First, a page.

Drive, directed by Nicholas Winding Refn (Bronson, Valhalla Rising), is based on James Sallis’ novel of the same name and is a brutal and somehwat poetic tale of one man’s fight to protect the woman he loves. We are first introduced to Driver, played marvellously by Ryan Gosling (The Notebook, The Ides of March), giving instructions that he will give unnamed criminals a five minute window to commit their crime, and will drive them wherever necessary. So, at first, we see a rather dark persona of Gosling’s character as he doesn’t follow the norm, this drew me towards Driver extremely well. Although they pass each other on other occasions the first time Driver meets, and talks to, Irene, played by Carey Mulligan (Shame, An Education), is when she is having trouble with her car. Driver offers to take her back to her apartment next to his, here we find out that Irene has a husband in prison. However this does not stop a friendship from blossoming between the two characters. It is clear that they have a connection we are now shown the good side to Driver, which is most obvious as he is carrying Irene’s sleeping son is his arms.
Even though they become very close it is not to last as Irene’s husband is released from prison. Once released there is tension between the two men, however this subsides quickly. Afterbeing beaten up in front of his son to be persuaded Standard agrees to take a job in order to protect his family and Driver offers his services to get the job done. This is where the tension begins to increase: as we wait to see what happens. The job doesn’t end well and Driver is forced to leave the scene with Blanche, played by Christina Hendricks. From then on the film shows the lengths Driver goes through in order to protect Irene and her son and is filled with tension throughout. We are met with car chases and violence on the part of both Driver and the people he is trying to stop. These scenes make it impossible to look away from the screen. I found that the intensity of the film hooked me to it, even though I couldn’t help wincing when Driver stamps a hitman’s head in.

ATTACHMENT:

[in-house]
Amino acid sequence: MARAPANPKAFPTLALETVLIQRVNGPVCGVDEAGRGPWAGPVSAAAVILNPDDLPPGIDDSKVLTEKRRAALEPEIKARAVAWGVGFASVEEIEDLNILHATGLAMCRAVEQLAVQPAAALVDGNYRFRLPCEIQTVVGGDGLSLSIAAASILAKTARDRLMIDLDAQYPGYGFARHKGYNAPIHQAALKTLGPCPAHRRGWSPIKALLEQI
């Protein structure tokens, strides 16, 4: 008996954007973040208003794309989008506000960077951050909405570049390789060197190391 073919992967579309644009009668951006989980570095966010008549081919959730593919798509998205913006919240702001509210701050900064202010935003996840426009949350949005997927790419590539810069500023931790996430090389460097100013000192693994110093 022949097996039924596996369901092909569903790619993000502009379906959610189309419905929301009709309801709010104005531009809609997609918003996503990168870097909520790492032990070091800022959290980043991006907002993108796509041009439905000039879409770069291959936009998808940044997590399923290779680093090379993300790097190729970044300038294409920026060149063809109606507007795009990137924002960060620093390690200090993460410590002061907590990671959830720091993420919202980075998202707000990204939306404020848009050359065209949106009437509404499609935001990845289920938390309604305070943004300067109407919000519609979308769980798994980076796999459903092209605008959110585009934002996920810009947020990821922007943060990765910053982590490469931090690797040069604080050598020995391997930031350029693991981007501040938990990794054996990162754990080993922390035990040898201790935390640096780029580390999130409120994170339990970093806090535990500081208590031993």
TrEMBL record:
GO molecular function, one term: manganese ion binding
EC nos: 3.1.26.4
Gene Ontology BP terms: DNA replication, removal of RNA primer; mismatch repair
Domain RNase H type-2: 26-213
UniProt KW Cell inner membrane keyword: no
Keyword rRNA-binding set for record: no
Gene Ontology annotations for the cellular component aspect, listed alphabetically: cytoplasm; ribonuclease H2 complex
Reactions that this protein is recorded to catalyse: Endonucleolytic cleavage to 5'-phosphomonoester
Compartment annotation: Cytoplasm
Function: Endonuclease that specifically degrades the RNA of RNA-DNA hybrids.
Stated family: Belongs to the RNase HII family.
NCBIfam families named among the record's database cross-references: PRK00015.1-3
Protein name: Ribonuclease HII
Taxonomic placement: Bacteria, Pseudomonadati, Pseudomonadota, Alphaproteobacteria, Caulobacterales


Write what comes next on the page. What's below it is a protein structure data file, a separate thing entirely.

Because of the level of violence in the film some people may not appreciate it for its other points. People need to look past the violence in order to see the beauty of Winding Refn’s work. The cinematography is brilliant in Drive, I especially loved the contrast in colours when Driver and Irene were together (A blonde Mulligan in red in front of a red background and a brunette Gosling in blue or white in front of a blue background). Another thing that must be commended is the music score by Cliff Martinez which brilliantly compliments the story and gives the film a wonderful feel to it. I will be honest and say that I wasn’t convinced that I would like the film after seeing Nicholas Winding Refn in a Q&A at last year’s Empire’s Big Screen where we were shown clips of the film (mainly the most brutal scenes). However once I watched the film I was surprised at the how well I was drawn to the story and how desperately I wanted Driver to succeed in his mission. The film shouldn’t be characterised by the bloody violence that features in it, but by the incredible acting and direction of it. Some people may not agree with me, but I feel that Drive was the best film from last year and should be seen by as many people as possible.
Reviewed by Roxy Simons.